The “conformity” of a silicon nitride layer or other type of material can be measured by determining the step coverage of the layer when deposited over various features. As used herein, step coverage is defined with respect to the illustration in FIG. 2, which is a simplified cross-sectional view of a partially formed integrated circuit. In FIG. 2, which is not drawn to scale, a silicon nitride film 40 is shown deposited over adjacent polysilicon gates 42 and 44 that represent a relatively dense portion 50 of an integrated circuit. A relatively isolated portion 52 of the circuit is also shown in FIG. 2 where a polysilicon gate 46 is separated from gate 44 by a distance that is an order of magnitude more than the spacing between gates 42 and 44 in the dense portion 50. The step coverage in the high density area can be determined by dividing the thickness a of layer 40 on the sidewall of a gate in the dense area by the thickness b of layer 40 at the bottom of the trench formed between gates 42 and 44. Conversely the step coverage in the low density area can be determined by dividing the thickness c of layer 40 on the sidewall of gate 46 in the low density area by the thickness d of layer 40 on the flat, bottom surface of the low density area.
Another definition, “microloading,” that is referred to herein can also be described with respect to FIG. 2. Microloading is defined as the difference in sidewall thickness and step coverage between features in dense portion 50 of an integrated circuit and those in the isolated portion 52. Microloading is important as it affects etch uniformity during spacer formation and contact etch steps. Embodiments of the invention are able to deposit a PECVD silicon nitride layer that has a step coverage of greater than 90% in the dense portions of an integrated circuit and exhibits microloading of less than 10%. As used herein, the “dense” or “high density” portion of an integrated circuit is the portion of the IC that includes a variety of features that are spaced apart a distance equal to or close to the minimum feature size of the semiconductor fabrication process used to form the integrated circuit. In contrast, the “isolated” or “low density” portion of the integrated circuit includes features that are spaced apart a distance that is an order of magnitude or greater than the spacing of features in the dense portion.
FIG. 3 is a flowchart illustrating the basic steps according to one embodiment of the invention. As shown in FIG. 3, the invention includes heating the substrate to a desired deposition temperature and stabilizing a flow of the process gas prior to deposition (step 60). In one embodiment process gas comprises ammonia (NH3), silane (SiH4) and molecular nitrogen (N2) where the ratio of NH3 to SiH4 in the process gas is greater than 10:1. Next, a plasma is formed from the process gas using mixed frequency RF power to deposit the silicon nitride film (step 62).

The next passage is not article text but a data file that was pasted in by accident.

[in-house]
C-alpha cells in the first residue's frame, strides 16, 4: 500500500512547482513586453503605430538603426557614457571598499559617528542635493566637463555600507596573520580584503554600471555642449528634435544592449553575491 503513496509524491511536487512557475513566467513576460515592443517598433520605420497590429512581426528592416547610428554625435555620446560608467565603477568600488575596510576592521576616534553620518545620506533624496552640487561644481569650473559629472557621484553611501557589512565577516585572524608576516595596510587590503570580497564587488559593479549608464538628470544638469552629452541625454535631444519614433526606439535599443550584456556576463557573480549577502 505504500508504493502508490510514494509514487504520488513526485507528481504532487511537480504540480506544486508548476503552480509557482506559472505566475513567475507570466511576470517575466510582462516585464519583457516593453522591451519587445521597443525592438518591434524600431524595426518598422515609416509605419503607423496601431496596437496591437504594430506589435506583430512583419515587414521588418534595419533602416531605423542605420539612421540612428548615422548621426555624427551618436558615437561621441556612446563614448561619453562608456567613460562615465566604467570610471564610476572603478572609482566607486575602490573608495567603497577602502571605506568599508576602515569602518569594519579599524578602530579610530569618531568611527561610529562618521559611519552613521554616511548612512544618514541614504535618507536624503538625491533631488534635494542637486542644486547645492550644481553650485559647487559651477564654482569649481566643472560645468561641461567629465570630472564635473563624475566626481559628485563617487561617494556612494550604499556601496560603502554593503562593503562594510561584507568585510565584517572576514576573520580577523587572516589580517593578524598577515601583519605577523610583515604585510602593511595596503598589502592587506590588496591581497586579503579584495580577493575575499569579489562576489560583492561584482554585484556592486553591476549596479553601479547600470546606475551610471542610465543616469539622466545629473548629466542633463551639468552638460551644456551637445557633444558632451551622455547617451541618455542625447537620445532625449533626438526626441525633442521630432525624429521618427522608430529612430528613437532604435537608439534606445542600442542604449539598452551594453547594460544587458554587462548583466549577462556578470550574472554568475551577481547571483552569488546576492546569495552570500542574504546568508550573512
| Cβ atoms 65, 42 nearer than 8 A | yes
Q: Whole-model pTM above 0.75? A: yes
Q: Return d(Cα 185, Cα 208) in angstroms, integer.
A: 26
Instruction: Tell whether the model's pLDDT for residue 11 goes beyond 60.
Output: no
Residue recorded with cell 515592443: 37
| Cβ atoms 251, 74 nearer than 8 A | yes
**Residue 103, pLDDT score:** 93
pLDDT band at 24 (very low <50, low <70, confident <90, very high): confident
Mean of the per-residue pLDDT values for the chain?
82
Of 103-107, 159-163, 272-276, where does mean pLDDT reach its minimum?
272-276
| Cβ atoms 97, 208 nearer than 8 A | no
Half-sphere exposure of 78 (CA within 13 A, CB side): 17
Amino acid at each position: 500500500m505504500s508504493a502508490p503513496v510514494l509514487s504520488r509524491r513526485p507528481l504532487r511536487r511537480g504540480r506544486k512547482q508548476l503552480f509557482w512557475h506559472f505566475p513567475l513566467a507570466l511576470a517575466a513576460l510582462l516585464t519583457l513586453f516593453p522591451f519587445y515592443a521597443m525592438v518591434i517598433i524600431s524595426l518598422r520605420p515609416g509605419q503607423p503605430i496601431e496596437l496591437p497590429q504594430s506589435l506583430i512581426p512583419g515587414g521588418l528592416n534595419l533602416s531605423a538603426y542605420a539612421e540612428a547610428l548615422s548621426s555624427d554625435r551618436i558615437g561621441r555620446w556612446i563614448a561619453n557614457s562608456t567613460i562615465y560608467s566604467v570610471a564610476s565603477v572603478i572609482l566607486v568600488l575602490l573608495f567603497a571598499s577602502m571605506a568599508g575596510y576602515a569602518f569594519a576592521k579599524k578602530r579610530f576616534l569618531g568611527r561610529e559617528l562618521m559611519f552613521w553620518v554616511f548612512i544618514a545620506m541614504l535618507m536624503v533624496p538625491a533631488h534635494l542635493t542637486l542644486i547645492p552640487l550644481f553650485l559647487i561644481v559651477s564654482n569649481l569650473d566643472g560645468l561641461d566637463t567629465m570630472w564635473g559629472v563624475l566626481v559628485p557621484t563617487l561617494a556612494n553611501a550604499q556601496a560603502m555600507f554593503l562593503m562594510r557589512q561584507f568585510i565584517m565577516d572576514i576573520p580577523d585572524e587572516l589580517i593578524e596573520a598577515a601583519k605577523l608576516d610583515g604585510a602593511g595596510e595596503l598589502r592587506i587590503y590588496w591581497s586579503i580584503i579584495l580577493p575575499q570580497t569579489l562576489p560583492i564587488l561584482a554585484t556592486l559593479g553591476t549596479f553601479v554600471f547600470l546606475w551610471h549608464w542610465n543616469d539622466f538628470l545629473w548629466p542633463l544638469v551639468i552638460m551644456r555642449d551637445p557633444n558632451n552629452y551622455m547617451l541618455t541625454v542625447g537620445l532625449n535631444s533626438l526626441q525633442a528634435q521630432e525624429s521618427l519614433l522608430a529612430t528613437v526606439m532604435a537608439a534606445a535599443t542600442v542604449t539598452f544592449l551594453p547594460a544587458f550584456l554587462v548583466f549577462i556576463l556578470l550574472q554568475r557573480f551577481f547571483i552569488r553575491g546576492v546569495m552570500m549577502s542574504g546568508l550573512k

The inventors have found that the combination of (i) using mixed frequency RF power rather than single frequency RF power and (ii) using a high NH3to SiH4 ratio during deposition of the silicon nitride layer may result in the formation of a silicon nitride film that does not suffer from the formation of undesirable seams in sharp corners in applications where other PECVD silicon nitride films do form seams as described above with respect to FIG. 1. Experiments performed by the inventors indicated that the ratio of NH3 to SiH4 in a single frequency RF silicon nitride PECVD deposition process has little effect on the step coverage of the film. The NH3 to SiH4 ratio has a definite effect on the step coverage of a silicon nitride film deposited using a mixed frequency RF process however. Embodiments of the invention may apply the low frequency RF energy to either the upper or lower electrode (e.g., either the gas distribution manifold or the substrate pedestal).
Step coverage (conformity) of the nitride layer is a function of sticking coefficient which translates to the surface mobility of precursors. While not being limited to any particular theory, the inventors believe that the application of low frequency RF power (power less than 1 MHz) to the plasma formation process, enhances chemical reactions in areas such as the sharp corners 30, 32 and 34 shown in FIG. 1. Generally, electrons oscillate with the high frequency RF electric field. Application of the low frequency RF power, however, allows heavier ions that are relatively immobile to oscillate also so that such molecules are more likely to reach and participate in film forming reactions in the sharp corners. It is also believed that the high NH3 flow rate helps increase the sticking coefficient of Si(NH2)x reactive species, thus enhancing nucleation in the corner areas to increase the conformity.